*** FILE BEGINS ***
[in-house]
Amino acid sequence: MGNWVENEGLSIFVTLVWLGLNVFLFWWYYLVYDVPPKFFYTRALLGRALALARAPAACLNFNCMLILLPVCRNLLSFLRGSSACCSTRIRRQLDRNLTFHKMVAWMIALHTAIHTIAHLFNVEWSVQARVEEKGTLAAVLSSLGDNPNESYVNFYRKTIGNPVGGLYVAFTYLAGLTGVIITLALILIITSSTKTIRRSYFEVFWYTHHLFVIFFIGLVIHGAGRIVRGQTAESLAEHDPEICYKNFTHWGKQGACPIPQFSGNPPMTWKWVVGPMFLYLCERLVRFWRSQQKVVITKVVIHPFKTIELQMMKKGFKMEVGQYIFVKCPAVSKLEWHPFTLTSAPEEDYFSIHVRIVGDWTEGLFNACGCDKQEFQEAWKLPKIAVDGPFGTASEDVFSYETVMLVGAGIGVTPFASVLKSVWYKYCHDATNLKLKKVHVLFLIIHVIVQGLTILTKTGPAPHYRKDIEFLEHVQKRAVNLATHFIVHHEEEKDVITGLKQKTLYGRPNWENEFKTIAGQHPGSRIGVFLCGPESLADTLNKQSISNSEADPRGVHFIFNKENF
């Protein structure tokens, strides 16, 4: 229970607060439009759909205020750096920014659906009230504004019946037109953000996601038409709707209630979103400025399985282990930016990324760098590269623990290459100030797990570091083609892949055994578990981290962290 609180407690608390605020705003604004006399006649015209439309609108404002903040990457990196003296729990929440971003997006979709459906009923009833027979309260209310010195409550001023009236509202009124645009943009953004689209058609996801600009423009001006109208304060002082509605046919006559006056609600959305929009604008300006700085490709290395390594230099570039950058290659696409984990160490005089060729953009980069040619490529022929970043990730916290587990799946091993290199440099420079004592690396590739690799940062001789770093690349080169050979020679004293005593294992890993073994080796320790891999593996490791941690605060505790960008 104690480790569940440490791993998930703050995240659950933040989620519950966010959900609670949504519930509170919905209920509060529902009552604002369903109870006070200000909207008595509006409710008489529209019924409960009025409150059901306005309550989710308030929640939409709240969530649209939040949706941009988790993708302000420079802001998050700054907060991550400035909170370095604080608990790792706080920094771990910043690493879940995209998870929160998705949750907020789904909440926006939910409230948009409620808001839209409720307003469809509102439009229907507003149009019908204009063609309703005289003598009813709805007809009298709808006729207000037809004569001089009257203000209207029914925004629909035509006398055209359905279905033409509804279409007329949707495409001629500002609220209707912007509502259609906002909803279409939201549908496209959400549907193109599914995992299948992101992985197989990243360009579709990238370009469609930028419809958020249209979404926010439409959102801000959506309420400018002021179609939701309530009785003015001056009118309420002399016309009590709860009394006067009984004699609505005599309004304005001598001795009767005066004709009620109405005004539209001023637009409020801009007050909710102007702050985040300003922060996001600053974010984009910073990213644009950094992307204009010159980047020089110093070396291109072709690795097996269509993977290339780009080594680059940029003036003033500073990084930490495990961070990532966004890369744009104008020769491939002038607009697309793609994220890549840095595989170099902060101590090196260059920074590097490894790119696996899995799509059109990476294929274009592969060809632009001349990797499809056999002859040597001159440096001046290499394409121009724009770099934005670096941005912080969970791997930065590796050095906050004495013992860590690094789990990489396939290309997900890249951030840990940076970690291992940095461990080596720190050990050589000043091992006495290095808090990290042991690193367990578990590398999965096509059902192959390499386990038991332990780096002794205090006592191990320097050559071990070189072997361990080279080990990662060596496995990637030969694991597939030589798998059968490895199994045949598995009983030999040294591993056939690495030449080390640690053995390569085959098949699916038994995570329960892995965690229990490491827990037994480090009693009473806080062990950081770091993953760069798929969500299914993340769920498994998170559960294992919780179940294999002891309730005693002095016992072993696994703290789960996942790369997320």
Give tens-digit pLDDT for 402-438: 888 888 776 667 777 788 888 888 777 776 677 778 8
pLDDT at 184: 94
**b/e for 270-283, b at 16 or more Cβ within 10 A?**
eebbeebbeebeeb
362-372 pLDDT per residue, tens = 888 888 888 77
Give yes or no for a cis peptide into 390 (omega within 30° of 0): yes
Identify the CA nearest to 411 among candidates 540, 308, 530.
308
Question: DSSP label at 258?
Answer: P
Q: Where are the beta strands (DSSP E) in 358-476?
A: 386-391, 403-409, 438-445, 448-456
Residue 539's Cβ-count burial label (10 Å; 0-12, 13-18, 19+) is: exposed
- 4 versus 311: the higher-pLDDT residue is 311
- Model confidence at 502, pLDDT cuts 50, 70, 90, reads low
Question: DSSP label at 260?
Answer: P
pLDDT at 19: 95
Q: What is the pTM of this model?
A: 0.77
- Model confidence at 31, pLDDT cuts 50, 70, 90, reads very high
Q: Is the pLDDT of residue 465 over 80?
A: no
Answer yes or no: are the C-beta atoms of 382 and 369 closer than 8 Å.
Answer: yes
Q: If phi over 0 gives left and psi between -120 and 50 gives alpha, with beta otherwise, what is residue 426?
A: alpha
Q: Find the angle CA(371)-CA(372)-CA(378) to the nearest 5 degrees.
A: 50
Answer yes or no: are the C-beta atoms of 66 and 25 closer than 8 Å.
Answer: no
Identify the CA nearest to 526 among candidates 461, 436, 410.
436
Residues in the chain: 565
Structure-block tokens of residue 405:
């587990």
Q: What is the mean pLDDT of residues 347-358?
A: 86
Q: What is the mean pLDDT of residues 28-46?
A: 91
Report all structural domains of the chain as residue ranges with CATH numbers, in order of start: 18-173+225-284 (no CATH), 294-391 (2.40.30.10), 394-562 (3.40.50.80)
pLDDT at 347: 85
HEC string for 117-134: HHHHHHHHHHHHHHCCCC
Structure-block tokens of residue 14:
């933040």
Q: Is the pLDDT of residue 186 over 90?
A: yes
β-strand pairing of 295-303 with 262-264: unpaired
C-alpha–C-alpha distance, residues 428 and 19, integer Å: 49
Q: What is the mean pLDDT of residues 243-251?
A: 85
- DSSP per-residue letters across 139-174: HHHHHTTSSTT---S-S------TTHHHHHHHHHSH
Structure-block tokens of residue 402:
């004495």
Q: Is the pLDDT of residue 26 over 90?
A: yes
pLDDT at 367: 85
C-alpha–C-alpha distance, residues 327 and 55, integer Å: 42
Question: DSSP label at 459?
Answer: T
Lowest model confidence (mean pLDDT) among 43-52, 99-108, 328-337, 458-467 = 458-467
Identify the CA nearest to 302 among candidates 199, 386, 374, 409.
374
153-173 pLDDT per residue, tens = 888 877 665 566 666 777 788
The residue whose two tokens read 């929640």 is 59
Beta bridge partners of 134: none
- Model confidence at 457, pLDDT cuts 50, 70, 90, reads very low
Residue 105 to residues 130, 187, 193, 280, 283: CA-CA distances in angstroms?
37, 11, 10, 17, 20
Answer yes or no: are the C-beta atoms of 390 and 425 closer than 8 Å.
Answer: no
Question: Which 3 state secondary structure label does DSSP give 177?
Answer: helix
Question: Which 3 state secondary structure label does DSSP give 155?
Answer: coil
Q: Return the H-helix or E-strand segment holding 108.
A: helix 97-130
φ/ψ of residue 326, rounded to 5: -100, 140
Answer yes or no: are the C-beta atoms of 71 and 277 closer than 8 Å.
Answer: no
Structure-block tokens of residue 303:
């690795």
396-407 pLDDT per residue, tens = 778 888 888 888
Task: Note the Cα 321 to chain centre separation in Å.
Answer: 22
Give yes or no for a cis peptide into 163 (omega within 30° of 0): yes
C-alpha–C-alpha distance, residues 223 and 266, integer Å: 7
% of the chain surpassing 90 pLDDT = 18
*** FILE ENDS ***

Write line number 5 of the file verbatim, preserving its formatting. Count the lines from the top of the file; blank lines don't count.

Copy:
pLDDT at 184: 94